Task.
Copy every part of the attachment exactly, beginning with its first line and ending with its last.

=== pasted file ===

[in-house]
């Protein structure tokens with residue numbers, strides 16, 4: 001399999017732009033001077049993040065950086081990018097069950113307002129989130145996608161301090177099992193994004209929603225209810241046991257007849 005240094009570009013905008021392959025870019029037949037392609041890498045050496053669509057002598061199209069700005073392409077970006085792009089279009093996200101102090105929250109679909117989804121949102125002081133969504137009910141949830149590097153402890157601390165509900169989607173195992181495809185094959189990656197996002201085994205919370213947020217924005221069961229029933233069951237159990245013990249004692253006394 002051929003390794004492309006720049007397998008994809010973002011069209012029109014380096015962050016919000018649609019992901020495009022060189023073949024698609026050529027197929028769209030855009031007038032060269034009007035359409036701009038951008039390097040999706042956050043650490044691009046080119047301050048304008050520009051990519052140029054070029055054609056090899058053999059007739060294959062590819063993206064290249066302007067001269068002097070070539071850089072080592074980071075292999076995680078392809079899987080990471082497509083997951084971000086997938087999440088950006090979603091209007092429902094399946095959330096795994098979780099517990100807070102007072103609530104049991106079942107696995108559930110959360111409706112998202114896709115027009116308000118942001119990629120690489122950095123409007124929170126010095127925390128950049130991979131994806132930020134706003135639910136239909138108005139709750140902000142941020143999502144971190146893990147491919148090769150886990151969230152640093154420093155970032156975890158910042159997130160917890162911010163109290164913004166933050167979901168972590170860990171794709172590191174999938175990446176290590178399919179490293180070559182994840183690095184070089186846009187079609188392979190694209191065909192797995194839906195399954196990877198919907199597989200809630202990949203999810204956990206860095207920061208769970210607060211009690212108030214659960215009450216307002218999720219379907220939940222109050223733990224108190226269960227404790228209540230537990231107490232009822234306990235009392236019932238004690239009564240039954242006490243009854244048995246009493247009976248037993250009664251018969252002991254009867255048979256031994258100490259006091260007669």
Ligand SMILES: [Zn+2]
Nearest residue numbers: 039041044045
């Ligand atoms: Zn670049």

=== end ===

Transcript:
[in-house]
């Protein structure tokens with residue numbers, strides 16, 4: 001399999017732009033001077049993040065950086081990018097069950113307002129989130145996608161301090177099992193994004209929603225209810241046991257007849 005240094009570009013905008021392959025870019029037949037392609041890498045050496053669509057002598061199209069700005073392409077970006085792009089279009093996200101102090105929250109679909117989804121949102125002081133969504137009910141949830149590097153402890157601390165509900169989607173195992181495809185094959189990656197996002201085994205919370213947020217924005221069961229029933233069951237159990245013990249004692253006394 002051929003390794004492309006720049007397998008994809010973002011069209012029109014380096015962050016919000018649609019992901020495009022060189023073949024698609026050529027197929028769209030855009031007038032060269034009007035359409036701009038951008039390097040999706042956050043650490044691009046080119047301050048304008050520009051990519052140029054070029055054609056090899058053999059007739060294959062590819063993206064290249066302007067001269068002097070070539071850089072080592074980071075292999076995680078392809079899987080990471082497509083997951084971000086997938087999440088950006090979603091209007092429902094399946095959330096795994098979780099517990100807070102007072103609530104049991106079942107696995108559930110959360111409706112998202114896709115027009116308000118942001119990629120690489122950095123409007124929170126010095127925390128950049130991979131994806132930020134706003135639910136239909138108005139709750140902000142941020143999502144971190146893990147491919148090769150886990151969230152640093154420093155970032156975890158910042159997130160917890162911010163109290164913004166933050167979901168972590170860990171794709172590191174999938175990446176290590178399919179490293180070559182994840183690095184070089186846009187079609188392979190694209191065909192797995194839906195399954196990877198919907199597989200809630202990949203999810204956990206860095207920061208769970210607060211009690212108030214659960215009450216307002218999720219379907220939940222109050223733990224108190226269960227404790228209540230537990231107490232009822234306990235009392236019932238004690239009564240039954242006490243009854244048995246009493247009976248037993250009664251018969252002991254009867255048979256031994258100490259006091260007669």
Ligand SMILES: [Zn+2]
Nearest residue numbers: 039041044045
């Ligand atoms: Zn670049």